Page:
I have a program I’m writing that reads in two Matrices, performs a bit of linear algebra in a pair of nested loops, then outputs a new Matrix. Because eventually it needs to operate on very large input Matrices, I’ve been testing its performance and found that it is quite a bit slower than I’m expecting, likely due to a very large number of memory allocations that I do not understand.

This is a simplified version of my code:

```
using BenchmarkTools: @benchmark
using LinearAlgebra: norm, dot, cross
A = rand(3, 1000)
B = rand(7, 1000)
function f(A::AbstractArray{Float64}, B::AbstractArray{Float64})
# Preallocate variables outside of loops; for this example, this is a total
# of (3000 + 4*3 Float64) * 8 bytes/Float64 ~= 24kB (?)
C = zeros(size(A))
x = zeros(3)
y = zeros(3)
z = zeros(3)
zcrossx = zeros(3)
for j in axes(B)[2]
for i in axes(A)[2]
x = B[4:6,j] - B[1:3,j]
y = B[1:3,j] - A[:,i]
z = B[4:6,j] - A[:,i]
zcrossx = cross(z,x)
C[:,i] += zcrossx * B[7,j] *(1/(norm(zcrossx)^2)) * (dot(x,z)/norm(z) - dot(x,y)/norm(y))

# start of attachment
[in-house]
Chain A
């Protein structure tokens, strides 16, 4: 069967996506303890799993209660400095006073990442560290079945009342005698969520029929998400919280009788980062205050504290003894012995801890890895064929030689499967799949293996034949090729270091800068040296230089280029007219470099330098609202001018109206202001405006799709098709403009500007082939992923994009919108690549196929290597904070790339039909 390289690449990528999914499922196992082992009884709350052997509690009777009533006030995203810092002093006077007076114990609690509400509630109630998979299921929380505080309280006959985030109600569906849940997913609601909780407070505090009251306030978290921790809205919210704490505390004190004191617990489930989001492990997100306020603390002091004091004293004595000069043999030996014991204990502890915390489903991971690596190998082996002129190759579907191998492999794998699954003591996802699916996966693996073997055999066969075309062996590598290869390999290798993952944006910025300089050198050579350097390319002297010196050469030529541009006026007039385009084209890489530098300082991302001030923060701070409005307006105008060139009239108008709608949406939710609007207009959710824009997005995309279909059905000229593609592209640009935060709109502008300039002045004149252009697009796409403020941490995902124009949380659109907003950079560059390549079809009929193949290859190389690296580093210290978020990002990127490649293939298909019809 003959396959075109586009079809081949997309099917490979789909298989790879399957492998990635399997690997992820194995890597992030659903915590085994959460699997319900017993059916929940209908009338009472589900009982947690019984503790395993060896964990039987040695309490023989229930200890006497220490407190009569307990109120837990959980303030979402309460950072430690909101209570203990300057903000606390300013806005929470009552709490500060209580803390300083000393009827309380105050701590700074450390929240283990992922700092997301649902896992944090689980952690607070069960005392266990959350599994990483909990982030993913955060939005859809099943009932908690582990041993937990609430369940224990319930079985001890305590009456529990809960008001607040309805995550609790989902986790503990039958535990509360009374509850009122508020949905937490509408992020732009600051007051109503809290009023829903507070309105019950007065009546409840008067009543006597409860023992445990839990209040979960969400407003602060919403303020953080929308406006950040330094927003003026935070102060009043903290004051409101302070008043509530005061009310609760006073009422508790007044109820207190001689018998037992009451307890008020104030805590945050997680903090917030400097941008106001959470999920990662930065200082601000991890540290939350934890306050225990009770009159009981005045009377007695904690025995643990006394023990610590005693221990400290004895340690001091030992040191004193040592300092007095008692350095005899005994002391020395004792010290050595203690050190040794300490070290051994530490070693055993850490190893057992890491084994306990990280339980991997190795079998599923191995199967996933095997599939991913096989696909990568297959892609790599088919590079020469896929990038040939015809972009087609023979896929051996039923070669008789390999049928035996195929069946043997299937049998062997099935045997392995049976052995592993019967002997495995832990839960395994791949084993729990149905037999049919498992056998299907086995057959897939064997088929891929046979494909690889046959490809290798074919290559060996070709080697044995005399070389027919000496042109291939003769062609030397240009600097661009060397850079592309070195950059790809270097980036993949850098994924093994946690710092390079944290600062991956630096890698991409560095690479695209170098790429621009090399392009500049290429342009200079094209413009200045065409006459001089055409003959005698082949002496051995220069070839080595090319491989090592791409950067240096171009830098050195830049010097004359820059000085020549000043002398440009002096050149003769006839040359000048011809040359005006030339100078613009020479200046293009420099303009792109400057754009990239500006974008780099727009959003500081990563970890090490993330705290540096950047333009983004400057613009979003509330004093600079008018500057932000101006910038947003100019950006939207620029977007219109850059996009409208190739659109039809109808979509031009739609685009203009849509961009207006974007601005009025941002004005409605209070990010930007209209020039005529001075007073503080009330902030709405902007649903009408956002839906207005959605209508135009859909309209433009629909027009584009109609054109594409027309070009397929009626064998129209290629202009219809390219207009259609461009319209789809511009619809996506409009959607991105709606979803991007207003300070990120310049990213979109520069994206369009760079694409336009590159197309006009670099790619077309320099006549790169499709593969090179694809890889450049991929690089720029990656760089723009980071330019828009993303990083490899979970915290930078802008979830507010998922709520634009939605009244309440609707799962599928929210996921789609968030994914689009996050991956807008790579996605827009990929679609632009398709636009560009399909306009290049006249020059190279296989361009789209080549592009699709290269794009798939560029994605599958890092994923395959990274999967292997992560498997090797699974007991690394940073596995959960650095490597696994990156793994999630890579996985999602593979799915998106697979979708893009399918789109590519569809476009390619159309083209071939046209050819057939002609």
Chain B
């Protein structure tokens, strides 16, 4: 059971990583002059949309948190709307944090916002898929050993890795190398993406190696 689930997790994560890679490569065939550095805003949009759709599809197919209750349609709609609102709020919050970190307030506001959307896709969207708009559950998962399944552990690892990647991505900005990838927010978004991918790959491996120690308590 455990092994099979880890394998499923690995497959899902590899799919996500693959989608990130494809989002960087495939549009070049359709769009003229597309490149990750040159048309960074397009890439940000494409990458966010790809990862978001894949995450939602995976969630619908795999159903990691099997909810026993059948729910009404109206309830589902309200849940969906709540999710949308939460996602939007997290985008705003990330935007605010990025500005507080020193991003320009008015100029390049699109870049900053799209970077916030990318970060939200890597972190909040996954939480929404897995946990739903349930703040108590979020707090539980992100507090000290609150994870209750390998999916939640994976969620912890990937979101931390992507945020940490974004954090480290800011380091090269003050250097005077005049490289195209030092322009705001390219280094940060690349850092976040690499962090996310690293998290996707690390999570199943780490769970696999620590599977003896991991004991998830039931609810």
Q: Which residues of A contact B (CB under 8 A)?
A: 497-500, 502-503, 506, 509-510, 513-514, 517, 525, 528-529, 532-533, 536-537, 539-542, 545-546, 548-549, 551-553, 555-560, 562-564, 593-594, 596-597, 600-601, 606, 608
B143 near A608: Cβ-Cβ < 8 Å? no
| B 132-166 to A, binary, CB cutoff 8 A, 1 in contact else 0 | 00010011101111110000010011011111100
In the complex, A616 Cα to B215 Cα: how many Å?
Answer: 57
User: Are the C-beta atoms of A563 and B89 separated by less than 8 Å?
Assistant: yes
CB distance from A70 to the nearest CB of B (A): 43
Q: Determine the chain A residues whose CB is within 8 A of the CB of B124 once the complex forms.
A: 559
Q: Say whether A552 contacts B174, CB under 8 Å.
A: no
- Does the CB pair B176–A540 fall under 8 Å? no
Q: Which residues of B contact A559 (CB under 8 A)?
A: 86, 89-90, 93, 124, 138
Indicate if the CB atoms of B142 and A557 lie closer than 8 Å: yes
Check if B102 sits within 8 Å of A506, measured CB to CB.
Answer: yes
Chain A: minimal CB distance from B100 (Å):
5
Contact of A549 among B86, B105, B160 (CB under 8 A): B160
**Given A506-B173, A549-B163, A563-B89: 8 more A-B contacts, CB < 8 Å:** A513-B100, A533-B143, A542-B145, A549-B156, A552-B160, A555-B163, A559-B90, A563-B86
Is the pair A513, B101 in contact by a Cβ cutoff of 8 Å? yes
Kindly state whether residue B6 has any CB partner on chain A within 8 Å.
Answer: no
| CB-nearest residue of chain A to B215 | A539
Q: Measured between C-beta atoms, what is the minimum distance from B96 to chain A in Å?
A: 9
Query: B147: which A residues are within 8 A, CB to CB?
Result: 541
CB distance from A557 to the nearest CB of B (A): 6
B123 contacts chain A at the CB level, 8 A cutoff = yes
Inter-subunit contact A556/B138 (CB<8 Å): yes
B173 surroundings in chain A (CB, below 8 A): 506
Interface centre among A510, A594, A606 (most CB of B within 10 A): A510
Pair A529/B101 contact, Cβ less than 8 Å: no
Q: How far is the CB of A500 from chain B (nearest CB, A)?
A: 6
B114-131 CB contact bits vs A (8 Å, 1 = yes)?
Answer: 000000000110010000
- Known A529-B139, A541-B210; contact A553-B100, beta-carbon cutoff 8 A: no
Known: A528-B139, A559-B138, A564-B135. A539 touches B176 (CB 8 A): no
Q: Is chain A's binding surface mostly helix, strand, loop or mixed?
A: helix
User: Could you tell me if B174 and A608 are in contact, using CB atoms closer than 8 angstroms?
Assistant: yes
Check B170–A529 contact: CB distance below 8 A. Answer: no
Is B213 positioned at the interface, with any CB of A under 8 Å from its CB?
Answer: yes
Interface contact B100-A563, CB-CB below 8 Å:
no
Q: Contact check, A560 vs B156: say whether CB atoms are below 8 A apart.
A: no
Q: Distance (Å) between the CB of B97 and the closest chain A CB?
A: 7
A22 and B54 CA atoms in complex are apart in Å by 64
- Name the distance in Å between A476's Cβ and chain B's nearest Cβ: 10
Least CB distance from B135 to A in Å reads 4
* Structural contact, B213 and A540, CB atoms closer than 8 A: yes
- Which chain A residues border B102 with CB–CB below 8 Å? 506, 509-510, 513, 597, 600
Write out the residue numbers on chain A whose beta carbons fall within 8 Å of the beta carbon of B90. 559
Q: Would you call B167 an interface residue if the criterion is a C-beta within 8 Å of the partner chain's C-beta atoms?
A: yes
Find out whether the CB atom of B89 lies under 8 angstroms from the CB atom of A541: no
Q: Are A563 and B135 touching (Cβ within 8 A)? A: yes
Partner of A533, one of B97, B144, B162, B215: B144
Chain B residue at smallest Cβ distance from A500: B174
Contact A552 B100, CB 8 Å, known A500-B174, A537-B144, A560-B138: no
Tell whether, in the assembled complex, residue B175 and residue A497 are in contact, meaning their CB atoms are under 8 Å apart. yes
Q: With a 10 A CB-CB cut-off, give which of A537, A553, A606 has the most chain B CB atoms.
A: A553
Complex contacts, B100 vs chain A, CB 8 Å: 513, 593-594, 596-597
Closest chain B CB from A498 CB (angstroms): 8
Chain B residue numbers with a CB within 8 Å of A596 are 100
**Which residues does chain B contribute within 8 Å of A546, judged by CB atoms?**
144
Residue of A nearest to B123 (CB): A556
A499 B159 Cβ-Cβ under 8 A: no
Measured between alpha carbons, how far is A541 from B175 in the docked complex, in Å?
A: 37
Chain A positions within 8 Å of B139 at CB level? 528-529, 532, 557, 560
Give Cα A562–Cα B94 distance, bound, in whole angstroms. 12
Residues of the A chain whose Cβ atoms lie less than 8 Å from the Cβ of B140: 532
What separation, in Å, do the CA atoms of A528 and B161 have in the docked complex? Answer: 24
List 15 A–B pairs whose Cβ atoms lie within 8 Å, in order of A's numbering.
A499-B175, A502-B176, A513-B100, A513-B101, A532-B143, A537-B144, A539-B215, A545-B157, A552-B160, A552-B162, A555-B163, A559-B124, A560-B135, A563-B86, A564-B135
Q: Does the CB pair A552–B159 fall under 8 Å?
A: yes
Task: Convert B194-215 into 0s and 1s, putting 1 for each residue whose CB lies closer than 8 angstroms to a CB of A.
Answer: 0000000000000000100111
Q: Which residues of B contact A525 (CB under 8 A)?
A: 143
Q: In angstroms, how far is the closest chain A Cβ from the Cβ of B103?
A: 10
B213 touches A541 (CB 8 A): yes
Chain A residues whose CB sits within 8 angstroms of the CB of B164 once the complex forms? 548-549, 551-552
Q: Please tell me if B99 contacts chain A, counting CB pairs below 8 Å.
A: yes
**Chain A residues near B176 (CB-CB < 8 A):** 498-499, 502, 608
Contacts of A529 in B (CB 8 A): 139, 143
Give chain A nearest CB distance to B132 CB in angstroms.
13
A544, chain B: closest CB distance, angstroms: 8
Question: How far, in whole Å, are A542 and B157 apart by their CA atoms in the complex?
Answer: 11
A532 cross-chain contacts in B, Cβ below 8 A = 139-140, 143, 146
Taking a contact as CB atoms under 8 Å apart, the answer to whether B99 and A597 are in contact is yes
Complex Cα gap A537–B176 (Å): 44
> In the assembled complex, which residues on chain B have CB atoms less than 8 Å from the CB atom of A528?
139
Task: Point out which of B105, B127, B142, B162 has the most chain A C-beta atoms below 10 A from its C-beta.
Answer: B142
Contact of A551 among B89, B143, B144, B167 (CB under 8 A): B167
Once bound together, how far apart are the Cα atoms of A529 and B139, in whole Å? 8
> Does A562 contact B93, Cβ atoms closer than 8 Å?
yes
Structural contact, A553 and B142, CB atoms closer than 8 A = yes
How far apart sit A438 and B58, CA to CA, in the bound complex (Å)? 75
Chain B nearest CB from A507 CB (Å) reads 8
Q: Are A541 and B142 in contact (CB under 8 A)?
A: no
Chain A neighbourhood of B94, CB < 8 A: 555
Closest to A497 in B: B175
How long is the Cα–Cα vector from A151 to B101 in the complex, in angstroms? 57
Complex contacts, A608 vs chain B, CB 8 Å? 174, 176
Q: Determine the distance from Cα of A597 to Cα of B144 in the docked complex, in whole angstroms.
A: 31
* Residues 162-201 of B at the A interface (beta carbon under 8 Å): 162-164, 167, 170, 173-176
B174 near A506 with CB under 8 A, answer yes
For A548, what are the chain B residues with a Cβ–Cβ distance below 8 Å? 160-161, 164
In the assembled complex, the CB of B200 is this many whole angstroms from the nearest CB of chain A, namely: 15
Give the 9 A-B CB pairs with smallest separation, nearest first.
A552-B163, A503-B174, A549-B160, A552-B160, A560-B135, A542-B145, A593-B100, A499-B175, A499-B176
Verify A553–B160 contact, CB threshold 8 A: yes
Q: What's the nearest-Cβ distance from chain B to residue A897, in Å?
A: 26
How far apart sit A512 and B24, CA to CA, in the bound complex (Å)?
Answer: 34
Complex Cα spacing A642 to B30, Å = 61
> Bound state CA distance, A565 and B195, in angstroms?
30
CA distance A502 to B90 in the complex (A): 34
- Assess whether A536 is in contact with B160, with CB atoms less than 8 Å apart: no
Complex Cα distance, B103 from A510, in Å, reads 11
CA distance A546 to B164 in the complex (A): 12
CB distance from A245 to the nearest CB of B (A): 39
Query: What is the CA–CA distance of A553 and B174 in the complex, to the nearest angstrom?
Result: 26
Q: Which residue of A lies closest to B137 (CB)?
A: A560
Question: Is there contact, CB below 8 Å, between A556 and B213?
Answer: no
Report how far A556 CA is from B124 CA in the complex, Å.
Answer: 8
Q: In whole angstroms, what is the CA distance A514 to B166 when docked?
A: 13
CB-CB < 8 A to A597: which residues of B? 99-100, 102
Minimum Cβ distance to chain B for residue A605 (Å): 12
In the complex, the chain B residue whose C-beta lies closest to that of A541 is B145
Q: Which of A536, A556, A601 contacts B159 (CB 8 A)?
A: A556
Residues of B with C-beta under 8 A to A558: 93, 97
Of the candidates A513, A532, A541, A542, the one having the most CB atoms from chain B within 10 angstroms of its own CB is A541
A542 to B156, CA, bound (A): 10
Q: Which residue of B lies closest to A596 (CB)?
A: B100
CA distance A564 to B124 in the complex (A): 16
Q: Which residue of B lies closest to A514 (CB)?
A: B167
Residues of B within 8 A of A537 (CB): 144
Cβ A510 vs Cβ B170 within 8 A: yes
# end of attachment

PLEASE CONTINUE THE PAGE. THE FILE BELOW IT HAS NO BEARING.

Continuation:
end
end
return C
end
@benchmark f($A, $B)
```

When running it, I get this output:

```
BenchmarkTools.Trial: 12 samples with 1 evaluation.
Range (min … max): 423.763 ms … 436.830 ms ┊ GC (min … max): 11.80% … 12.91%
Time (median): 426.853 ms ┊ GC (median): 12.24%
Time (mean ± σ): 427.625 ms ± 3.538 ms ┊ GC (mean ± σ): 12.37% ± 0.43%
▁ ▁ █ ▁ ▁ ▁▁ ▁ ▁ ▁ ▁
█▁▁▁█▁█▁▁▁▁█▁█▁██▁▁▁▁▁▁█▁█▁▁▁▁▁▁█▁▁▁▁▁▁▁▁▁▁▁▁▁▁▁▁▁▁▁▁▁▁▁▁▁▁▁█ ▁
424 ms Histogram: frequency by time 437 ms <
Memory estimate: 1.12 GiB, allocs estimate: 15000006.
```

Per the quick math in the comments of my script, I assume the heap memory allocation would be on the order of 24 kB, not over 1 GB!

Can anyone explain what’s causing this behavior? Is there a simple fix to dramatically reduce this memory allocation?